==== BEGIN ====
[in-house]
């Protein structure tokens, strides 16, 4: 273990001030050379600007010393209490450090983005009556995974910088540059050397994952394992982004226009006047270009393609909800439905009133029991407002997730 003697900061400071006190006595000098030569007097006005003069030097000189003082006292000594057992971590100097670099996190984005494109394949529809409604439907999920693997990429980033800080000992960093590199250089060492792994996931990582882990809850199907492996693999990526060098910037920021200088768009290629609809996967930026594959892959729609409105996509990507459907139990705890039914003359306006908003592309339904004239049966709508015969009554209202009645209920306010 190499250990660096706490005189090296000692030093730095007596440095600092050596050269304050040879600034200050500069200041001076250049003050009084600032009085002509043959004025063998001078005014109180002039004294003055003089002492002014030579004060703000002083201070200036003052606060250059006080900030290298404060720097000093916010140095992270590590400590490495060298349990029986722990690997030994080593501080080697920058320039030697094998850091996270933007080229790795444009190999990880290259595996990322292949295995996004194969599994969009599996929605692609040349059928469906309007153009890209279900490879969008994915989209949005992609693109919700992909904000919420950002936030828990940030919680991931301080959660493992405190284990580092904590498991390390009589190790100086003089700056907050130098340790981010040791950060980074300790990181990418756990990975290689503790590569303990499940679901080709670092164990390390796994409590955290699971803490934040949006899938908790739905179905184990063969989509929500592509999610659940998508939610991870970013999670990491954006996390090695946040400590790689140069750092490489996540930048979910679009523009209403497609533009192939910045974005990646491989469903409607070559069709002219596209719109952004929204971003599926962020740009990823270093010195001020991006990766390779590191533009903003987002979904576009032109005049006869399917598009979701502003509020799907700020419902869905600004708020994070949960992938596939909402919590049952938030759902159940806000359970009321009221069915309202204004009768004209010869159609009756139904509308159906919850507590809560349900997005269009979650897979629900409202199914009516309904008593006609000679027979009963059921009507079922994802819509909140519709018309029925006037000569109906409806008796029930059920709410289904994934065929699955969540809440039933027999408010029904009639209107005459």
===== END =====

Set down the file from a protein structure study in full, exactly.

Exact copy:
[in-house]
């Protein structure tokens, strides 16, 4: 273990001030050379600007010393209490450090983005009556995974910088540059050397994952394992982004226009006047270009393609909800439905009133029991407002997730 003697900061400071006190006595000098030569007097006005003069030097000189003082006292000594057992971590100097670099996190984005494109394949529809409604439907999920693997990429980033800080000992960093590199250089060492792994996931990582882990809850199907492996693999990526060098910037920021200088768009290629609809996967930026594959892959729609409105996509990507459907139990705890039914003359306006908003592309339904004239049966709508015969009554209202009645209920306010 190499250990660096706490005189090296000692030093730095007596440095600092050596050269304050040879600034200050500069200041001076250049003050009084600032009085002509043959004025063998001078005014109180002039004294003055003089002492002014030579004060703000002083201070200036003052606060250059006080900030290298404060720097000093916010140095992270590590400590490495060298349990029986722990690997030994080593501080080697920058320039030697094998850091996270933007080229790795444009190999990880290259595996990322292949295995996004194969599994969009599996929605692609040349059928469906309007153009890209279900490879969008994915989209949005992609693109919700992909904000919420950002936030828990940030919680991931301080959660493992405190284990580092904590498991390390009589190790100086003089700056907050130098340790981010040791950060980074300790990181990418756990990975290689503790590569303990499940679901080709670092164990390390796994409590955290699971803490934040949006899938908790739905179905184990063969989509929500592509999610659940998508939610991870970013999670990491954006996390090695946040400590790689140069750092490489996540930048979910679009523009209403497609533009192939910045974005990646491989469903409607070559069709002219596209719109952004929204971003599926962020740009990823270093010195001020991006990766390779590191533009903003987002979904576009032109005049006869399917598009979701502003509020799907700020419902869905600004708020994070949960992938596939909402919590049952938030759902159940806000359970009321009221069915309202204004009768004209010869159609009756139904509308159906919850507590809560349900997005269009979650897979629900409202199914009516309904008593006609000679027979009963059921009507079922994802819509909140519709018309029925006037000569109906409806008796029930059920709410289904994934065929699955969540809440039933027999408010029904009639209107005459």